Yes. Dharma is always free. It is not for sale.liuzg150181 wrote: ↑Mon Jan 15, 2018 5:16 pmTo put things into perspective, based on my limited experience for a years, in Singapore most Tibetan Buddhist teachings are free,mainly I believe due to Chinese Mahayana culture influence that donating to Dharma activities generates immersive merits. Hence wealthy patrons and Chinese associations are more willing to provide sponsorship compared to the west. Even then some events and grps do need to balance the accounts(most of the cost comes from rental,and not cheap in land-tight Singapore),so there will be charges involved,though in many cases it is negotiable if there is financial issue afaik.
For empowerment,it is customary for us to give an amount in red packet,either to the Rinpoche giving empowerment,or also including the monks and nuns involved. Again not they would enforce an amount and not like anyone would check on that. Even if one doesnt give at all,i dont think there is an enforcer to single you out.
Based on what I had read,it seems it is more customary in the west to charge a sum(or rather suggest) for a seminar or teaching,as TB doesnt have the leverage or economic-of-scale compared to Asian countries in terms of sponsorship or the customary red packet offering,or cultural and social establishment and infrastructure like Christianity in USA. Not to mention that TB/Vajrayana is the smallest of the three Buddhist denominations(like 7% percentage of all Buddhist worldwide). So lets be realistic,the sangha and the community needs money to at least mantain or survive.
Heck,if one has decent internet access,one can now receive online teachings and even 'big' empowerments for free where Tibetan Buddhism is concerned.
However, putting everything in order so that the teachings can happen requires significant capital. In Asia, there's often infrastructure in place to support the teachings, thanks to previous generations' labors and sacrifices to build up the temples and so on. Here in the US, the expenses can be greater and the logistics more challenging because it is necessary to rent spaces for large events or even ongoing activities. For example, some years ago I received teachings and empowerment from an important Rinpoche in a Jewish Community Center in suburban Maryland, USA. I also attended an event led by another important Rinpoche in a large, beautiful church in Toronto (Church of the Holy Trinity if memory serves).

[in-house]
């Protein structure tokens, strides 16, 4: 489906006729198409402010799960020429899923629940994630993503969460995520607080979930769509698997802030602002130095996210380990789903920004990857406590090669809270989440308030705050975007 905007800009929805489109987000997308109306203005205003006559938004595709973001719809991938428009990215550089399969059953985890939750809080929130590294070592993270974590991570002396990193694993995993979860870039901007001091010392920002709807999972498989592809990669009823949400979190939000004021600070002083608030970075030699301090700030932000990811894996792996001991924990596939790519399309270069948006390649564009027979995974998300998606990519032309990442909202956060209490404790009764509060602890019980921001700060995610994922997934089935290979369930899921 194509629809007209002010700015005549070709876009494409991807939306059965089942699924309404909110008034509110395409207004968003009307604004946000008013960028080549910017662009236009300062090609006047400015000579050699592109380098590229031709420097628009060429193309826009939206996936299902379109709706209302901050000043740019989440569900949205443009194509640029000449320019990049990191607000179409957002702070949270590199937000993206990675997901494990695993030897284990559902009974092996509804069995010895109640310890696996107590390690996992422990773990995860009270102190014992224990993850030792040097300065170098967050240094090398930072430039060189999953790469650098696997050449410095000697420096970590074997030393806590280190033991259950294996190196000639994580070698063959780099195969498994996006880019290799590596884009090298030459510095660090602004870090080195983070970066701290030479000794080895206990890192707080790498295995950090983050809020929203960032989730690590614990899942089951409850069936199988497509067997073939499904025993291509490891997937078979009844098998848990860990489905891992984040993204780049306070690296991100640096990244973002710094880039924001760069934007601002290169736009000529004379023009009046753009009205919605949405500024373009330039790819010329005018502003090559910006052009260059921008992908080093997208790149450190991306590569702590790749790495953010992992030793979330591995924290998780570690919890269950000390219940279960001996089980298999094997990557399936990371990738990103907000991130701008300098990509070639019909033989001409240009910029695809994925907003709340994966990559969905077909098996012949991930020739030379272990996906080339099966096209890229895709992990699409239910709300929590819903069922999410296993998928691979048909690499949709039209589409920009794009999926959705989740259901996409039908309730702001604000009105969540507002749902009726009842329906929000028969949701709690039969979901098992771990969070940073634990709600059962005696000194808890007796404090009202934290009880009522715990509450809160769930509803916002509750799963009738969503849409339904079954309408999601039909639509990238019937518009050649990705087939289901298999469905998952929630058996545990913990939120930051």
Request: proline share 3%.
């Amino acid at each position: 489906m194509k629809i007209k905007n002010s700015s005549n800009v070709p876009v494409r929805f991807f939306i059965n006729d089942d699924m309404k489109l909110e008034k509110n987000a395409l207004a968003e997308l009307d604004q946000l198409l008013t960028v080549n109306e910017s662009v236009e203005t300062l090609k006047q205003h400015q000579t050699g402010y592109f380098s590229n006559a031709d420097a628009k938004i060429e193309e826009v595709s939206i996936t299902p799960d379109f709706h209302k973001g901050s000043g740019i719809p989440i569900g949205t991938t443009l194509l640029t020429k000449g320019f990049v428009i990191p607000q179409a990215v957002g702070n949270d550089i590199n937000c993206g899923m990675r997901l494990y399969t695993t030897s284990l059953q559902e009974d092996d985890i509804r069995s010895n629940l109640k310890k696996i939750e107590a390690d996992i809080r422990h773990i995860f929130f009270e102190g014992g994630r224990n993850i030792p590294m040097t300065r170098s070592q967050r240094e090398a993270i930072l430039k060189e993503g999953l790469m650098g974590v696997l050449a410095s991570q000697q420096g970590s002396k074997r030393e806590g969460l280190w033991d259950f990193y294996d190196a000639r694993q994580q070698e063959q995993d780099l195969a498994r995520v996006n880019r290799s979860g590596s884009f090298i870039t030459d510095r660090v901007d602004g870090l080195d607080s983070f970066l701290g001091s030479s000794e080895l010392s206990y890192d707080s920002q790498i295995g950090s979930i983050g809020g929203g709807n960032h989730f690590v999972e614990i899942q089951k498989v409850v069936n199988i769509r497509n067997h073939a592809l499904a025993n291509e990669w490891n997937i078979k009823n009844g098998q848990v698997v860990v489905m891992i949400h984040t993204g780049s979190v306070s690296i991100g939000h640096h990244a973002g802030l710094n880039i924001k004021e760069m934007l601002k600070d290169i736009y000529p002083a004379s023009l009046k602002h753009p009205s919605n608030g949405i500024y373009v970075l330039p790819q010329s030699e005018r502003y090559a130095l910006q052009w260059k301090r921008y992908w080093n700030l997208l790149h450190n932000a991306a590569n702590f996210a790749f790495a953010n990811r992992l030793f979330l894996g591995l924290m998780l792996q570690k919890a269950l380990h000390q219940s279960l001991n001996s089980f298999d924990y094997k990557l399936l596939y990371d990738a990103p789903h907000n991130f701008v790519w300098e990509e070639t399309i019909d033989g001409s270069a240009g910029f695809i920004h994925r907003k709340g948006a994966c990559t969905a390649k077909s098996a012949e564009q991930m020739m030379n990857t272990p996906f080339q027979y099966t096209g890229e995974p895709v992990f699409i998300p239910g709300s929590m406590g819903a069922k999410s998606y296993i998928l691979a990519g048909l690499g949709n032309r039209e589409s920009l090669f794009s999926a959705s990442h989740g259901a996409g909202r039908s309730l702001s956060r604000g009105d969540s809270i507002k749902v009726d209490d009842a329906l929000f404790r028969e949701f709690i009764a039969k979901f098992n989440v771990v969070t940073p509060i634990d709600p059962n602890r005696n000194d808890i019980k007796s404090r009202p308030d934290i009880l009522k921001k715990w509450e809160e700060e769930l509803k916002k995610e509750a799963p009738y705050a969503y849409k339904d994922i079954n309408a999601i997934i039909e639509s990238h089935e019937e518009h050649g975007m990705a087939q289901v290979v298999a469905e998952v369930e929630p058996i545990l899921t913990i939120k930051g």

It's important to keep this straight to ensure that those who would criticize Dharma practitioners and Dharma teachers do not sow confusion around issues of money. Yes, it takes money to underwrite Dharma activities. This does not mean that Dharma is for sale or that money is a barrier to receiving and practicing the teachings.
Nor does it mean that miserliness or stinginess are virtuous activities. There's great merit in supporting Dharma institutions and teachers. It's good to make sacrifices to get the teachings and support teachers and other practitioners. Remember the formula dana, sila, bhavana? Generosity comes first because it's excellent training in renouncing self-grasping, and it enables the teachings to persist (including for those who have little or nothing to give in support of the teachings). Generosity before morality or meditation. This is worthwhile for all of us to remember.
Apropos of which... maybe it would be good to start a thread on the danka system